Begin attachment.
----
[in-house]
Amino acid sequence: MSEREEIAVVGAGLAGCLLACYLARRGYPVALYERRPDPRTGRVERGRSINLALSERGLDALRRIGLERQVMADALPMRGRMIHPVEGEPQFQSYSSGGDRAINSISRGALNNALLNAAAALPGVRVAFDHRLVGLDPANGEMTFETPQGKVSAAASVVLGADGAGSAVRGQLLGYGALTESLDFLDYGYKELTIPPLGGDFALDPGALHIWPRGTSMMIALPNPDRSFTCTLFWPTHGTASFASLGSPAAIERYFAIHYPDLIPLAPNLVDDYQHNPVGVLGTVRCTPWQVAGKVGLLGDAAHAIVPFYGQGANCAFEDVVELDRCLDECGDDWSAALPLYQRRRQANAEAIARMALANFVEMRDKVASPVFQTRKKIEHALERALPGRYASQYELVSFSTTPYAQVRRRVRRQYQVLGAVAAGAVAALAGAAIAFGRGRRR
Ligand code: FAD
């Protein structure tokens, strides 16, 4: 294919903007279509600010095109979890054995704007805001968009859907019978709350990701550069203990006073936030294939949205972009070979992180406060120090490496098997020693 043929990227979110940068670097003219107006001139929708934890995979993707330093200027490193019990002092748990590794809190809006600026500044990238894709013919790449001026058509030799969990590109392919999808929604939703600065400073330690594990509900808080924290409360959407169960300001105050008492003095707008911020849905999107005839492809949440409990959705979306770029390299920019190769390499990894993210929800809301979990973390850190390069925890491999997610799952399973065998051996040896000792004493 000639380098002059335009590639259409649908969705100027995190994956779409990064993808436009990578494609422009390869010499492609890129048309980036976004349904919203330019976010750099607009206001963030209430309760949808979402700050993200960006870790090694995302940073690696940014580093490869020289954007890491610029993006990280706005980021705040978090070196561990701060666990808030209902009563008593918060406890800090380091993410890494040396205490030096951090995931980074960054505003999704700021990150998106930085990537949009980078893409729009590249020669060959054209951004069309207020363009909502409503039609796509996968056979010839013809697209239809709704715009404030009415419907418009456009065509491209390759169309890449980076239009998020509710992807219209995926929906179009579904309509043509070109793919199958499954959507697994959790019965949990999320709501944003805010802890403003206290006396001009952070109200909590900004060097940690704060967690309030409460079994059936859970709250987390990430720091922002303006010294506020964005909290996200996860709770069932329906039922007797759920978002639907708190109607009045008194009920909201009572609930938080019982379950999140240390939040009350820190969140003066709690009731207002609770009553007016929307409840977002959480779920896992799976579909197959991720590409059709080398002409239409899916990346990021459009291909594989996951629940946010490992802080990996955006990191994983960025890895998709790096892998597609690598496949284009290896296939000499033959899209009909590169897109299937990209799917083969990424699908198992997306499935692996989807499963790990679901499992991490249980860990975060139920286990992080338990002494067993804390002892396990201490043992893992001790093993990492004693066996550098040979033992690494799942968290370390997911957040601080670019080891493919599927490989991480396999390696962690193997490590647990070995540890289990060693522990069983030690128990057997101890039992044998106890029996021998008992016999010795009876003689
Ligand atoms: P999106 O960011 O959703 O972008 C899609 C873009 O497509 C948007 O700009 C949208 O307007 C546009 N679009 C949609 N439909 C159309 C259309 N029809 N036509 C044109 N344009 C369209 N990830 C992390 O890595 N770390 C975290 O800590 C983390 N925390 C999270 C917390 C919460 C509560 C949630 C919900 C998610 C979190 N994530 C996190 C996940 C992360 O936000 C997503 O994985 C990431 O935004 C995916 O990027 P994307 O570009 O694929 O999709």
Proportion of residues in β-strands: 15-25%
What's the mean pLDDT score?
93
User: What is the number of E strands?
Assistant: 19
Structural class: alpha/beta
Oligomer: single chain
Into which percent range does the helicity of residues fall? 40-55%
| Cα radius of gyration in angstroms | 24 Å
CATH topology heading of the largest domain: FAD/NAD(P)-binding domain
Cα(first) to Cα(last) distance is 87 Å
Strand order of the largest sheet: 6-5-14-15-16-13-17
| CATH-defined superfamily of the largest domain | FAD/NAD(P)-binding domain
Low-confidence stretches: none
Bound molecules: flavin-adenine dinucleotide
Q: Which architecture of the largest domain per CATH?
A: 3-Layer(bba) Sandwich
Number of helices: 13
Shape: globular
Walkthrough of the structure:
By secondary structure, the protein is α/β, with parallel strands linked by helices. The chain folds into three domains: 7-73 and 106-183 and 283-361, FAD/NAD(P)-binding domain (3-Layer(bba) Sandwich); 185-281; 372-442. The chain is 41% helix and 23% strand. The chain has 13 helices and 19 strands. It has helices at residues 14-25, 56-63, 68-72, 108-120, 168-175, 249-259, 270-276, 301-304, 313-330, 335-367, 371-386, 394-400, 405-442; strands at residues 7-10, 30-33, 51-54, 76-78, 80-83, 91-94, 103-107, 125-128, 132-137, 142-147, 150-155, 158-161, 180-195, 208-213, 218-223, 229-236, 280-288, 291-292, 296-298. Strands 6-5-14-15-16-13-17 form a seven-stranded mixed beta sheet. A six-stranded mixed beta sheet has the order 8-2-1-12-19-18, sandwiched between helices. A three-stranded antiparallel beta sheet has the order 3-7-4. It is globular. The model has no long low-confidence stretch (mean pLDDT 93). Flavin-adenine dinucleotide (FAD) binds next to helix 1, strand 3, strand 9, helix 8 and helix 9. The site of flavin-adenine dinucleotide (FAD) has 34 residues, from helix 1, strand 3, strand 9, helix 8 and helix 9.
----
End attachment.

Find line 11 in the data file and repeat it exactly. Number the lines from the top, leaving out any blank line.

Structural class: alpha/beta